There are several ways to clean your wheels, choose the least aggressive method that will get the job done. A quality car wash/water solution is the least aggressive and will probably remove most of the dirt/brake dust from the wheel. My favorite is Sonax Gloss Shampoo at a dilution of _ measuring cupful per gallon of water to clean wheels. If car wash does not do the trick, then try a quality wheel cleaner. My two favorite wheel cleaners are both made in Germany, P21S and Sonax. Be careful when choosing a wheel cleaner, as most of the popular brands are highly acidic and may damage the finish on your wheels. The active ingredient in many wheel cleaners is hydrofluoric acid (the same stuff they use to etch glass). A current class action lawsuit in California alleges that a popular advertised brand is damaging to almost all wheel finishes. I get 2-3 calls a week from people who have stripped the finish off their wheels with this or other highly acidic products. P21S and Sonax are pH balanced for the German wheel finishes. They may not be as aggressive as other brands, but neither will they strip the finish off your wheel.
Most wheel cleaners work best on a dry wheel. Spray the cleaner on the wheel and work evenly into all areas of the wheel with a soft cloth, soft sponge or wash mitt. Try to smooth out any drips or runs so there is an even coating of cleaner over the entire wheel. Allow the wheel cleaner some time to work (3-5 minutes) and gently scrub the wheel with your cloth/sponge/mitt. Some areas of a dirty wheel may require gentle brushing with a soft brush to dislodge the dirt. If areas need additional cleaning, respray with wheel cleaner and gently brush. I repeat the warning, the keywords here "soft" and "gently". The finish on many wheels is acrylic enamel or a high temperature lacquer that is relatively soft and may scratch. Once the dirt/brake dust is loosened, rinse thoroughly with water and dry.
If some areas of the wheel are still dirty, you may have to resort to a stronger solvent, such as Oil Flo Safety Solvent to spot clean these areas. Test all solvents on a section of the wheel that does not show, to insure that the finish will not be damaged. Spray the solvent on a cloth and spot clean the dirty area. Again gentle brushing may help. Rinse thoroughly, wash with a car wash/water solution and dry completely.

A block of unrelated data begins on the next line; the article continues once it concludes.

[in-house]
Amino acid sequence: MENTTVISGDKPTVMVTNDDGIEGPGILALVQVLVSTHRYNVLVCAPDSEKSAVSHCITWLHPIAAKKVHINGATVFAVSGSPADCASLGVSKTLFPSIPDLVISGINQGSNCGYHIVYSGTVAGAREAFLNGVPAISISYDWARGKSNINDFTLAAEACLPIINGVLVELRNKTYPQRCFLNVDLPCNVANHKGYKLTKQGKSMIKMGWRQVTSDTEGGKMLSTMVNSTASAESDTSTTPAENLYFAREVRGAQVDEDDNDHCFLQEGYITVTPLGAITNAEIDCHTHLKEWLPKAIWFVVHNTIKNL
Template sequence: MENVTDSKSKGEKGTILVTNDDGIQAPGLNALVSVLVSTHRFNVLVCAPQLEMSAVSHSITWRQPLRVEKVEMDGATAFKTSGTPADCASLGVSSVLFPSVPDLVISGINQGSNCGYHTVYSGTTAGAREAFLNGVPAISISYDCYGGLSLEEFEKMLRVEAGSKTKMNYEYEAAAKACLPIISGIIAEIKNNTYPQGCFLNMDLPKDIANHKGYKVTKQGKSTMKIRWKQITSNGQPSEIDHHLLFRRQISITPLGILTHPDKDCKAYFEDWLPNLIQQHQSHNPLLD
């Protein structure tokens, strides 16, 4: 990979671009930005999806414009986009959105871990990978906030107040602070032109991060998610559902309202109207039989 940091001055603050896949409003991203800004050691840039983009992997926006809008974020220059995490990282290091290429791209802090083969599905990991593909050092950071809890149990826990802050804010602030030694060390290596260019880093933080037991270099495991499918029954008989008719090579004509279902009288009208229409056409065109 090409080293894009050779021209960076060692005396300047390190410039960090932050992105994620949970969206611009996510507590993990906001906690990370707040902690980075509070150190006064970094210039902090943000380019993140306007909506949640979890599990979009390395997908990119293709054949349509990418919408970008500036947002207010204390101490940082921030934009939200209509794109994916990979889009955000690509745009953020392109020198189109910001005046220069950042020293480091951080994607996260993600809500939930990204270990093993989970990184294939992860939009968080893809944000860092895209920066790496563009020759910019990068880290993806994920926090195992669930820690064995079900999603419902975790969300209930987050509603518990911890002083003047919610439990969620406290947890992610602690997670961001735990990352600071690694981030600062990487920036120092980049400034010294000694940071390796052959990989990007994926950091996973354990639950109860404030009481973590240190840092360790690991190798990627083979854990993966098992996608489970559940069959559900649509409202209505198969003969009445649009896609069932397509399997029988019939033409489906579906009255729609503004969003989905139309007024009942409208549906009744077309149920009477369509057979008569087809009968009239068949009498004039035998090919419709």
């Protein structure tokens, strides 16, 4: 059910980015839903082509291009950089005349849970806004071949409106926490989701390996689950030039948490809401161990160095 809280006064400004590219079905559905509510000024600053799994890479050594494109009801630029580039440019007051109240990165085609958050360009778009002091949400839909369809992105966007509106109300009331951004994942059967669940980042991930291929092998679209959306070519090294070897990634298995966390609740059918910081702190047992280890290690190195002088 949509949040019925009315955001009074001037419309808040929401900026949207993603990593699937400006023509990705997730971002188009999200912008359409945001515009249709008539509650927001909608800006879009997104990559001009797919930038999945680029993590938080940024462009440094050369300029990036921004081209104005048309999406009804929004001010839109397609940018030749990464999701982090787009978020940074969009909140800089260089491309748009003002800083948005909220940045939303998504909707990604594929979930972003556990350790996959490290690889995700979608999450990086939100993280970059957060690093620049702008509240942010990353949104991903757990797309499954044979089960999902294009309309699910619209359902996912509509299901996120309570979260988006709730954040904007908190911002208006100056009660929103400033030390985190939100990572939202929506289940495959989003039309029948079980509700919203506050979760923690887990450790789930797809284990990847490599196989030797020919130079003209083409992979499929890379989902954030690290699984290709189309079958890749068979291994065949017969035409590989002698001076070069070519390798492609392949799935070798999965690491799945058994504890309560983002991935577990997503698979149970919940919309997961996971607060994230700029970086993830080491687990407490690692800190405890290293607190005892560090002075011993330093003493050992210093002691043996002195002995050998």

Give your wheels a coat of a quality Carnauba wax to help protect them. If your painted and/or clear coated wheels are slightly faded or dull looking, 3M Imperial Hand Glaze may help clean the faded clear coat/paint. Apply the glaze to a soft cloth and gently rub out the clouding and buff out. If this does not do the trick, put a generous amount of 3M on your cloth and add a small amount of P21S Metal Finish Restorer Metal Polish (about the size of your pinkie nail). Polish out the clouding with this combination. The P21S/3M combination will usually get the job done. When it has, follow up with a coat of quality Carnauba wax. If you don't want to use a paste wax on your wheels, or want a quick way to apply wax, use Sonax Spray Motorcycle Wax on the wheels. It is a pump spray hard wax that goes on easily and doesn't chalk and requires only light buffing,
This page last updated October 8, 2003. Send us your feedback, and come join the Imperial Mailing List - Online Car Club